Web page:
Japan's House of Councillors on Wednesday enacted into law a bill for enhancing the country's economic security amid increasing geopolitical risks associated with Russia and China.
The four pillars of the new law include strengthening supply chains to stably procure semiconductors and other vital products as well as facilitating the development of artificial intelligence and other cutting-edge technologies through public-private cooperation.
They also include making certain patents related to sensitive technologies nonpublic and having the government screen equipment that infrastructure operators in such sectors as telecommunication and transportation plan to install to mitigate vulnerability to cyberattacks and other threats.
The measures will take effect in steps starting next spring.
The enactment of the law comes as China's rise has intensified global competition in the high-technology field and the security environment is rapidly changing amid Russia's invasion of Ukraine.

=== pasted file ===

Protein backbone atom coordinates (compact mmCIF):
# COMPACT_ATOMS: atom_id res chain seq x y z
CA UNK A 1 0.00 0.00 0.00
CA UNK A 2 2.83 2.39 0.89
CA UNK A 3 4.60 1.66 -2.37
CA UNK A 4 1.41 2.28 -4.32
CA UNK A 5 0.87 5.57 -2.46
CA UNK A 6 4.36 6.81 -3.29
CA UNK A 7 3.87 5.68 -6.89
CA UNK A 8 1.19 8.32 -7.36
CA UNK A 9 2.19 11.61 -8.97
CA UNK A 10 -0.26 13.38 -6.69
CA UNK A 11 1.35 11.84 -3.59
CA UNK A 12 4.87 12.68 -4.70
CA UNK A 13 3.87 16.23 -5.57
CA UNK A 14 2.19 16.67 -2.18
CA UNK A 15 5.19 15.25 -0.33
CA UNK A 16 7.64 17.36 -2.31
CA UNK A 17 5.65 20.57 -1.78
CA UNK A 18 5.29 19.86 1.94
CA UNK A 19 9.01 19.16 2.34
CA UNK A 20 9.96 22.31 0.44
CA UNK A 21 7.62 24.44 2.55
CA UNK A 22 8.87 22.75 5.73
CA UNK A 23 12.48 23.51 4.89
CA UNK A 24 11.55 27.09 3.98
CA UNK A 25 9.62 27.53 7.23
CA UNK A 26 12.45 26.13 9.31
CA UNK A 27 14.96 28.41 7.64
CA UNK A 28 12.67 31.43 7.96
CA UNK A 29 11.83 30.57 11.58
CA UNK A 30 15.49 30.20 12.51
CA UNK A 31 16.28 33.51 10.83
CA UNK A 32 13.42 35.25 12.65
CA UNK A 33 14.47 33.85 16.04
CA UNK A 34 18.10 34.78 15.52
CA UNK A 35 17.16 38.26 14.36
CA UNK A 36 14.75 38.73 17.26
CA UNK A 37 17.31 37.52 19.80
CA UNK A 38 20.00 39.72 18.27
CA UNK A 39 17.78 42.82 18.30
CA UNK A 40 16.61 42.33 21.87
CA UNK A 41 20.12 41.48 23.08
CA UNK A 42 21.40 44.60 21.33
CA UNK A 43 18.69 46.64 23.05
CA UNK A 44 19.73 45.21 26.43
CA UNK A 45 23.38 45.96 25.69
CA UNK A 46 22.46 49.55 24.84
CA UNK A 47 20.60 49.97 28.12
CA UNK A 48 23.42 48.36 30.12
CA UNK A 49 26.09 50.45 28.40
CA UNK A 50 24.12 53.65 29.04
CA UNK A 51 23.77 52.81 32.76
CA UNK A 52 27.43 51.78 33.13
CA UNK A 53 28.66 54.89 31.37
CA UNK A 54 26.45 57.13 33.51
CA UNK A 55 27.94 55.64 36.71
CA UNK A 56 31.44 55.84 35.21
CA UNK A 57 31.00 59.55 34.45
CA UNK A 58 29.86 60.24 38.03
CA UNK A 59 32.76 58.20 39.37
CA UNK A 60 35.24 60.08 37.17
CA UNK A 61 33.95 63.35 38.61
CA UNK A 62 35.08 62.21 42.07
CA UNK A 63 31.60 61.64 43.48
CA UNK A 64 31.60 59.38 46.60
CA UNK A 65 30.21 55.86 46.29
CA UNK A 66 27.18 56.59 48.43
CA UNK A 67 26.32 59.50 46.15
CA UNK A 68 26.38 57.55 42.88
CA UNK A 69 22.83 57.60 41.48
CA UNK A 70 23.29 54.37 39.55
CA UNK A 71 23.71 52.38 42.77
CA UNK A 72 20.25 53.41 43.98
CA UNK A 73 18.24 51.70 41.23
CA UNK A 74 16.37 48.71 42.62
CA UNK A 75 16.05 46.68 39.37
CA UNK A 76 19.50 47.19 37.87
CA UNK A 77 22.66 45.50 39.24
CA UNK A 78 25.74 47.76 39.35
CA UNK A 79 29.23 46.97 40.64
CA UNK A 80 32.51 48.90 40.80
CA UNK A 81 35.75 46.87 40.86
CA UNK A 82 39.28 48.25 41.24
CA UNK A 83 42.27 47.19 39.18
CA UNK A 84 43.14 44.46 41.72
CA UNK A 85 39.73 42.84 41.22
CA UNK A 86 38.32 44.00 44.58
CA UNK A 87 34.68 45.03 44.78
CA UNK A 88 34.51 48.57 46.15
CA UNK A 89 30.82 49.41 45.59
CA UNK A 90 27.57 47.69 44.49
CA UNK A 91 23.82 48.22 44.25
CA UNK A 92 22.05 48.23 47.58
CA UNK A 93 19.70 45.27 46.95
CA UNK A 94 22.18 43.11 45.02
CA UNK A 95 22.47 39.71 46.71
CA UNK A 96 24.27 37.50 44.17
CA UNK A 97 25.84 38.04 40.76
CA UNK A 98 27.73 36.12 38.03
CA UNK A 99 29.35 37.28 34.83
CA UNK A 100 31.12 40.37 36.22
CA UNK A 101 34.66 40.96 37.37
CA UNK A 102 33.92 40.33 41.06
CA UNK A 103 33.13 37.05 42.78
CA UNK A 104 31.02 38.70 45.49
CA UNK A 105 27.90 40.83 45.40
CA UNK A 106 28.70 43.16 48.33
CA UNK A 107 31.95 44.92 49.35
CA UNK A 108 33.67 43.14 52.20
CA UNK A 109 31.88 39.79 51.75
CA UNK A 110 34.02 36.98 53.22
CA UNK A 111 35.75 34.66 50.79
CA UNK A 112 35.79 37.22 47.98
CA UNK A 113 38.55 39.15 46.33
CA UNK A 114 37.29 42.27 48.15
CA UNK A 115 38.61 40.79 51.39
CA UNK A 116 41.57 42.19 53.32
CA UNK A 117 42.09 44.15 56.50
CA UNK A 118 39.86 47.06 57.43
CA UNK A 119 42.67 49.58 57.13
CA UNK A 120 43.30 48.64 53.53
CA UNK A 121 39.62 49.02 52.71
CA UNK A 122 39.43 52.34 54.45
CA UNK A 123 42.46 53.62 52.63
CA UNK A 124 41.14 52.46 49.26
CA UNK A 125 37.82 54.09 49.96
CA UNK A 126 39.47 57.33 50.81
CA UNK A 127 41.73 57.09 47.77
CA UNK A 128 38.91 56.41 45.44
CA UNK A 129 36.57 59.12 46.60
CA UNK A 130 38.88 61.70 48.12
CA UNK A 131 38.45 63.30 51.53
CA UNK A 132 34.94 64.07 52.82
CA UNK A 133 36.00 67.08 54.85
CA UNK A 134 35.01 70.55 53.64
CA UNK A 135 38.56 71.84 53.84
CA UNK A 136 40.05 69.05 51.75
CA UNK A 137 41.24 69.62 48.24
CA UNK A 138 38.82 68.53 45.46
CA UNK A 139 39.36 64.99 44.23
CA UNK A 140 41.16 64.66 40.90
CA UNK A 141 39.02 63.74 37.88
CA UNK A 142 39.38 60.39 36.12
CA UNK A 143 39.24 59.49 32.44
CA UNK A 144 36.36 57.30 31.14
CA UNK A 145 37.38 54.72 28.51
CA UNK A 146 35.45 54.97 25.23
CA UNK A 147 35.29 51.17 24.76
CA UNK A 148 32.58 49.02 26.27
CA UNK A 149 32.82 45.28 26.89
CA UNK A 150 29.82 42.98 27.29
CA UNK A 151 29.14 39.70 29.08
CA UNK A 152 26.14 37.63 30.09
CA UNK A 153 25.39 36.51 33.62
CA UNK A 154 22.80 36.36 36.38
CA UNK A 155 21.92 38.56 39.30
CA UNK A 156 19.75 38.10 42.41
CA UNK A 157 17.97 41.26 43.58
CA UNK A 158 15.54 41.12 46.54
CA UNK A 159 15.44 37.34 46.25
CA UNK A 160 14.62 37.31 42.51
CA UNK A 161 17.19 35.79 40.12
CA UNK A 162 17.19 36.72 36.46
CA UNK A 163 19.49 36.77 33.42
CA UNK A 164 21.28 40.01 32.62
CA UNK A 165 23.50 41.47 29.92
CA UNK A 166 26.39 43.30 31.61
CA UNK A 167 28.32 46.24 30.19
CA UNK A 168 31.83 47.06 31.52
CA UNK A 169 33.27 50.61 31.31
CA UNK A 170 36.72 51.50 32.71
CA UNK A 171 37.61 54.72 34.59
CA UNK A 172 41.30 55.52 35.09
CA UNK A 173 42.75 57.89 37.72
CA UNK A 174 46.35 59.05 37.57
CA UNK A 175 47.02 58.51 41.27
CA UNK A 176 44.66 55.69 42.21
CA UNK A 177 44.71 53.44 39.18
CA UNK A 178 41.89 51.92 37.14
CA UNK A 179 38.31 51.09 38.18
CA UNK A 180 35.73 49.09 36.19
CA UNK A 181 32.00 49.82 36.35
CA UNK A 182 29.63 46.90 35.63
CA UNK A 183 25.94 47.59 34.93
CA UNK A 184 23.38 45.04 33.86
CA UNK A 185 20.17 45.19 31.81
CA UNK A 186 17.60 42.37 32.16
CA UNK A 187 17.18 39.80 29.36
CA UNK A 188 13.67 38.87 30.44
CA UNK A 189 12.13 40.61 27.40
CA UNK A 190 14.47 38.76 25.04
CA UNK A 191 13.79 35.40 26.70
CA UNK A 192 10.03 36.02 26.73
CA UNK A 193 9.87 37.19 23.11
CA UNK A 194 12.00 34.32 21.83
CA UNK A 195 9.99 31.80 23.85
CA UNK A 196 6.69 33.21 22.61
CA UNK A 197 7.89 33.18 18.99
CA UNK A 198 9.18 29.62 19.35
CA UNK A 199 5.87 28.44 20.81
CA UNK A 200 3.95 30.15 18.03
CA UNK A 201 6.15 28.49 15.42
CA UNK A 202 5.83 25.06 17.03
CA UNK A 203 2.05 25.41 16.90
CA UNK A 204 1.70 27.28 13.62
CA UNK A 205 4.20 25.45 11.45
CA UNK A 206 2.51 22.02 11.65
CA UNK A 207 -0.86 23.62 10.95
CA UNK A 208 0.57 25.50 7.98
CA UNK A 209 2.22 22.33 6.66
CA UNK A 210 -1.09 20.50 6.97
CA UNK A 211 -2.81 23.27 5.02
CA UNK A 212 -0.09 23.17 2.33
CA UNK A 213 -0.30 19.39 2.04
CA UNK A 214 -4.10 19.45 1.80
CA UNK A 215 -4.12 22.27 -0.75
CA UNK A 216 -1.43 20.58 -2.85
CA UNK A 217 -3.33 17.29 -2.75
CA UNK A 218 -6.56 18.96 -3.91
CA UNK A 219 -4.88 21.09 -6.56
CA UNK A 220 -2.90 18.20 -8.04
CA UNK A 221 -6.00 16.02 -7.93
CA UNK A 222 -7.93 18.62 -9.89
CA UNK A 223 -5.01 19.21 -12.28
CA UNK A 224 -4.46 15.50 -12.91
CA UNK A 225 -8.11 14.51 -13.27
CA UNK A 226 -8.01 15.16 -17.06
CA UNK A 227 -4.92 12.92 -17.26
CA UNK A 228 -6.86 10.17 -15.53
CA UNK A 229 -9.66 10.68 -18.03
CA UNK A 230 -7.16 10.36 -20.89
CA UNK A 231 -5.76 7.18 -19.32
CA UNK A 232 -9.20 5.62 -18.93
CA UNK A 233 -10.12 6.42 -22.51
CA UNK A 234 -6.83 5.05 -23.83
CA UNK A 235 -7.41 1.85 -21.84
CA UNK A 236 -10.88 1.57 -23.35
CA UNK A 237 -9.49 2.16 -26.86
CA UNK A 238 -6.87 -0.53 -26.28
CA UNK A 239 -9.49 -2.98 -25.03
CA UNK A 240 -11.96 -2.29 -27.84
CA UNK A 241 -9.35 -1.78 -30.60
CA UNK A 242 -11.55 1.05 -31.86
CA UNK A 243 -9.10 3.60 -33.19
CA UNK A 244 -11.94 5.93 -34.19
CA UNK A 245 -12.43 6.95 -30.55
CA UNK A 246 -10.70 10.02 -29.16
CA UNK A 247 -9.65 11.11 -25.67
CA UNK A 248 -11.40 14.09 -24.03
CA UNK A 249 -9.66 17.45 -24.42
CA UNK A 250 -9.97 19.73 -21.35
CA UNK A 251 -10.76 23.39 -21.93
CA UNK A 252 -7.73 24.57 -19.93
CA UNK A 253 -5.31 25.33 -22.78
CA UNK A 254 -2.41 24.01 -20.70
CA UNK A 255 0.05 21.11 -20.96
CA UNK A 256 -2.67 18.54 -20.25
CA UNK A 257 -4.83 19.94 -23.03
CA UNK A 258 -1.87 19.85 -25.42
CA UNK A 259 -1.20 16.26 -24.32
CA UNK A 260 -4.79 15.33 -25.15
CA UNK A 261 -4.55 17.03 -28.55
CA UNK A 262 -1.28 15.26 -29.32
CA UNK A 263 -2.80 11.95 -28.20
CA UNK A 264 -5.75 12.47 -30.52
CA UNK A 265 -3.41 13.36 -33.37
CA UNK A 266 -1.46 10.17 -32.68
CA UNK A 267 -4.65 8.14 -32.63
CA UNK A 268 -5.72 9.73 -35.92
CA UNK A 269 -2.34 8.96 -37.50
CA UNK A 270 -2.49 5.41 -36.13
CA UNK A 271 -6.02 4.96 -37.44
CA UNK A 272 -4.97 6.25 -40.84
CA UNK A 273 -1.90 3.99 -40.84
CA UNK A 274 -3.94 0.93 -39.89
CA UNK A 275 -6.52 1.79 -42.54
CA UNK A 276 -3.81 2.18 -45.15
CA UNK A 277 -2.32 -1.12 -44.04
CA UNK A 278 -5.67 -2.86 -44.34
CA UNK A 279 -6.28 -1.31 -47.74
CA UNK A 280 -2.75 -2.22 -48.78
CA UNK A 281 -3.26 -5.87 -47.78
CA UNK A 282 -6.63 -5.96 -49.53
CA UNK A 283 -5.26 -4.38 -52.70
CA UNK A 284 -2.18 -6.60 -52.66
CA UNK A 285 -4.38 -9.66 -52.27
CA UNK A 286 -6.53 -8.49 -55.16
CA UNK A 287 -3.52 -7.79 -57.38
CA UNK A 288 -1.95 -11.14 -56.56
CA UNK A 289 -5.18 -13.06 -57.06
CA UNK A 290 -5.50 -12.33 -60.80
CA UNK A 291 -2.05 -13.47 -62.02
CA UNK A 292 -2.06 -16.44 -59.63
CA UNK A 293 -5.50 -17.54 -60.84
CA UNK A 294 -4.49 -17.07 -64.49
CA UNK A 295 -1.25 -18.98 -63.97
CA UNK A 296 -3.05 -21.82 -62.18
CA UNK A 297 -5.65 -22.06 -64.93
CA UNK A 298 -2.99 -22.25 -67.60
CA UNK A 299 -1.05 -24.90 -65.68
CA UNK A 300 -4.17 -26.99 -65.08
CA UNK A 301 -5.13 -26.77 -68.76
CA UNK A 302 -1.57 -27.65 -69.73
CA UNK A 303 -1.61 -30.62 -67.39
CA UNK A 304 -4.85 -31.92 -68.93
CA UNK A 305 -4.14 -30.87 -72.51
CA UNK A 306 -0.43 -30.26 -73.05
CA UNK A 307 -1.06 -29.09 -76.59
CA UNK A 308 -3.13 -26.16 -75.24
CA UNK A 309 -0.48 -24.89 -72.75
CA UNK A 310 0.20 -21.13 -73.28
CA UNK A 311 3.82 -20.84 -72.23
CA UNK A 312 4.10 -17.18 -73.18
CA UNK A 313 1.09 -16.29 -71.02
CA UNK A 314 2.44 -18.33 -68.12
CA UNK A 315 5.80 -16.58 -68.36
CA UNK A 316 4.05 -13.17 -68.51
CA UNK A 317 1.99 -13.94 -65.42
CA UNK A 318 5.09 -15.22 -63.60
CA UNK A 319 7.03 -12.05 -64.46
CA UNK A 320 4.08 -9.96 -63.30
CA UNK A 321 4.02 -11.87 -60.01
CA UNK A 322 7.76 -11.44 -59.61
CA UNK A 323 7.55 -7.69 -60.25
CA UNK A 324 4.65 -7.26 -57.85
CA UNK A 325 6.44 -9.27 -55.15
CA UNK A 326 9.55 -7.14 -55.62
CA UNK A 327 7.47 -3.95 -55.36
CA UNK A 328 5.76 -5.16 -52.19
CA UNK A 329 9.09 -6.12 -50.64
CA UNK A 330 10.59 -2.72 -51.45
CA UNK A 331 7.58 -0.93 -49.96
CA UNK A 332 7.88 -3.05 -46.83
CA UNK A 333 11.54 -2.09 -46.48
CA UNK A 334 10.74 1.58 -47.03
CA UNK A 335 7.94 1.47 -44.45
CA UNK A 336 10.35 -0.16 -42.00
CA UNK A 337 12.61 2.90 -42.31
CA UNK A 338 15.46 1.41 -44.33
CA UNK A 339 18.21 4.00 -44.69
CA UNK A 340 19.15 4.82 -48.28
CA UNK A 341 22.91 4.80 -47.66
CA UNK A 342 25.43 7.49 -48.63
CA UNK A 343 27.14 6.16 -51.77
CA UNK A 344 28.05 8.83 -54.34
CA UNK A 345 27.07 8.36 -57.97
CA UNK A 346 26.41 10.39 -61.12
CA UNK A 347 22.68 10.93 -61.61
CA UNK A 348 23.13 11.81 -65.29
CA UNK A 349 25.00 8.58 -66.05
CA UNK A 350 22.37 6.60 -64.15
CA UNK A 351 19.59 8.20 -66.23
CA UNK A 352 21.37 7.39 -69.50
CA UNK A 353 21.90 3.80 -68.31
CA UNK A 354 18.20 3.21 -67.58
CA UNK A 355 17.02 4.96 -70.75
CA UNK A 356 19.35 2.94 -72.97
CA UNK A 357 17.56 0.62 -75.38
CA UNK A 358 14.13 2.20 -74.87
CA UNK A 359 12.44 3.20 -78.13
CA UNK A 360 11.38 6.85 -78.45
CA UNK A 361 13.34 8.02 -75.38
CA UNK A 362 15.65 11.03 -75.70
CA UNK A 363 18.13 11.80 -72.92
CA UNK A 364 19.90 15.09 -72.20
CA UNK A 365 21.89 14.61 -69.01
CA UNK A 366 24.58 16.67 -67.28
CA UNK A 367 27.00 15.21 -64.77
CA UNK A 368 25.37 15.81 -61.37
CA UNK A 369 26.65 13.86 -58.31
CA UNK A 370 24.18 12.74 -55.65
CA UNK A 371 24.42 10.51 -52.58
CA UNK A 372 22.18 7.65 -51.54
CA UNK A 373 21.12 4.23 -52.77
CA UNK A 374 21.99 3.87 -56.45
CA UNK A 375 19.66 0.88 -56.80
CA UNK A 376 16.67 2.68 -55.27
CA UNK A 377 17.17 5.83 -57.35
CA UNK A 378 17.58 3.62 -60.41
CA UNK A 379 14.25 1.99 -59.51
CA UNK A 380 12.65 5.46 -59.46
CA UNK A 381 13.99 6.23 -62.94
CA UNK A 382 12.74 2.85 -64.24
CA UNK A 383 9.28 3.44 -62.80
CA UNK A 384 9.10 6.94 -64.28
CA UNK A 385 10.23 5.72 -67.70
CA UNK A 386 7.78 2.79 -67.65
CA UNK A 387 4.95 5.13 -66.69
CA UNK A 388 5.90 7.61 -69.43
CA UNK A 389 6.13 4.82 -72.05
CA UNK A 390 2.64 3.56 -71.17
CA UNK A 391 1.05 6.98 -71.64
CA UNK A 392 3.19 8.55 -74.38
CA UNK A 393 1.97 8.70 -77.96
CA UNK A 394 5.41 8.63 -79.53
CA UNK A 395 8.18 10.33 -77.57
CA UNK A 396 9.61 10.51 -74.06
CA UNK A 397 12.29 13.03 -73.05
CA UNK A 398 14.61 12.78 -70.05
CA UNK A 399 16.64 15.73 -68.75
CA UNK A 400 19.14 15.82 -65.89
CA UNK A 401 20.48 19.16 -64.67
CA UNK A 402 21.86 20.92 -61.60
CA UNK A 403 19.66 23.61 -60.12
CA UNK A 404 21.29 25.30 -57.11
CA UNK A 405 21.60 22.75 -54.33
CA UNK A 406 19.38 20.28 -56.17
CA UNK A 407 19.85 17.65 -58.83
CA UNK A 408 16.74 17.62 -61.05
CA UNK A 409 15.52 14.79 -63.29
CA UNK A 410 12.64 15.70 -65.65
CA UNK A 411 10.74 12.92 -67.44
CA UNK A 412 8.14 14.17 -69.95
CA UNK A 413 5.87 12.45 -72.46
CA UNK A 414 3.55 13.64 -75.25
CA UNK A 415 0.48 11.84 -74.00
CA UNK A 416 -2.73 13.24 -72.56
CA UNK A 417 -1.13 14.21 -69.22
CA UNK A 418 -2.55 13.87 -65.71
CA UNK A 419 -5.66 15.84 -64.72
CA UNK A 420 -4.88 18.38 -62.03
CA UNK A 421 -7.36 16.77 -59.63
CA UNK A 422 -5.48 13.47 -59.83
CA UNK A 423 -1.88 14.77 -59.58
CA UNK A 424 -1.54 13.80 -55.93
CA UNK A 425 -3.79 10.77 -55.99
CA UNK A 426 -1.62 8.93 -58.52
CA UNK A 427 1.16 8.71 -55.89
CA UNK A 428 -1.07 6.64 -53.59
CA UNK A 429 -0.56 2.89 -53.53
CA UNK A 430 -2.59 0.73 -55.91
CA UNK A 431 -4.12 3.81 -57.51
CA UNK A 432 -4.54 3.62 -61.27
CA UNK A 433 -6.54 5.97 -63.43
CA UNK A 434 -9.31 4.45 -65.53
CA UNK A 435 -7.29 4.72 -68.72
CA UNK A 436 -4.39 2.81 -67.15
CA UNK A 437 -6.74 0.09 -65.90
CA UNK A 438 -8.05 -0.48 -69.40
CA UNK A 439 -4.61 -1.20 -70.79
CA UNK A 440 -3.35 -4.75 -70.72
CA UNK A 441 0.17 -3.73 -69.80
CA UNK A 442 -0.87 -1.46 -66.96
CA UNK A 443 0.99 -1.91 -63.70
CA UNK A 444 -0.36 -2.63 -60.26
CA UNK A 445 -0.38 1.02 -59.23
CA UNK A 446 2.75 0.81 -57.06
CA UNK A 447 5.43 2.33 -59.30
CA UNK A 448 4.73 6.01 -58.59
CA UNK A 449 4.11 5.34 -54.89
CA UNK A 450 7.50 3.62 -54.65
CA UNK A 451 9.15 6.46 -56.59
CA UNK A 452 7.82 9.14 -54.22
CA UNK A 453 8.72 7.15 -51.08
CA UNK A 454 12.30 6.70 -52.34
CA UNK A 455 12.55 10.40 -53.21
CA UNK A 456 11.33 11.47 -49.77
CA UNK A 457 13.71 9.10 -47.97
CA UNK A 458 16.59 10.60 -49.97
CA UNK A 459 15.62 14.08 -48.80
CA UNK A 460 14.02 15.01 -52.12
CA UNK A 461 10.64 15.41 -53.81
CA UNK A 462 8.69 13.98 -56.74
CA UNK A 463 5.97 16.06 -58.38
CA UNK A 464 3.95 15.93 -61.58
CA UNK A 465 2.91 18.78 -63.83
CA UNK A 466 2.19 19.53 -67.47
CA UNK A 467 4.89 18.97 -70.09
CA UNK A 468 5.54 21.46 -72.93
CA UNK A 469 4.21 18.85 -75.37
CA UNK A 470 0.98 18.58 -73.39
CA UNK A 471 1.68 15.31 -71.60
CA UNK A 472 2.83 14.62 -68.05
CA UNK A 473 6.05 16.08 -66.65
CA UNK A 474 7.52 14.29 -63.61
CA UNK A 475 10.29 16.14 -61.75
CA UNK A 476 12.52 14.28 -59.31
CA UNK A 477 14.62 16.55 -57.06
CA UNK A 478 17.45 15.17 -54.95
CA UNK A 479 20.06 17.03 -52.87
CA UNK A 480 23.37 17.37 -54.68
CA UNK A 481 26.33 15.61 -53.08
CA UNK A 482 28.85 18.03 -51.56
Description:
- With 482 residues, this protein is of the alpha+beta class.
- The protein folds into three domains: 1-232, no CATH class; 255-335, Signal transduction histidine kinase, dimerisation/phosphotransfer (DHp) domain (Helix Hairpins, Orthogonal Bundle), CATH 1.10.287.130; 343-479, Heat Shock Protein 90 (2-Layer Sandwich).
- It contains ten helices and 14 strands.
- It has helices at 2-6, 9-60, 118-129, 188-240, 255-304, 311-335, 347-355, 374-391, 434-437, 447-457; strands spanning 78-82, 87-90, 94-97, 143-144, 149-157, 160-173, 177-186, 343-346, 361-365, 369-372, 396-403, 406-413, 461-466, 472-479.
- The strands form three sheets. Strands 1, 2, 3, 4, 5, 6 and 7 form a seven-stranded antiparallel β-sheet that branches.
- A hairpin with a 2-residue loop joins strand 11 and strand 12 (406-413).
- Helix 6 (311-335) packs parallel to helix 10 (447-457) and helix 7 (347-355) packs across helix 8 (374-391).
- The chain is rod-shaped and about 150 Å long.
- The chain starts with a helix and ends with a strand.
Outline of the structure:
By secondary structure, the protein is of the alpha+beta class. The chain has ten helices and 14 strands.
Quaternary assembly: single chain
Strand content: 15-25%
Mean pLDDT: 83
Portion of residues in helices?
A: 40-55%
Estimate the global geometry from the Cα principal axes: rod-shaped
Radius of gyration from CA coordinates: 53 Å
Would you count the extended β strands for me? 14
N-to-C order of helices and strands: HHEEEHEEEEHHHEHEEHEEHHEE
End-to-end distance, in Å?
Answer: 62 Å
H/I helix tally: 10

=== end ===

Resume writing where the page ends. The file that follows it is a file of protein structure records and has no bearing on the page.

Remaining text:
In the public-private cooperation area, an association will be set up for each research field, such as AI, and government-backed think tanks will provide information on overseas development.
The government will designate goods such as chips, pharmaceutical products and rare minerals as critical items to be closely monitored and for which it will financially support suppliers to help them stably procure them.
While the law calls for the government's support in the private sector, it also stipulates imprisonment of up to two years or a maximum fine of 1 million yen ($7,670) for those who leak undisclosed patent information.
As the details of the infrastructure equipment to be screened by the government will be separately set by ordinances that do not require Diet deliberations, businesses remain concerned about the ambiguity and the government's increased interference with their activities.
A nonbinding resolution was added to the bill stating that the independence of business activities shall be respected.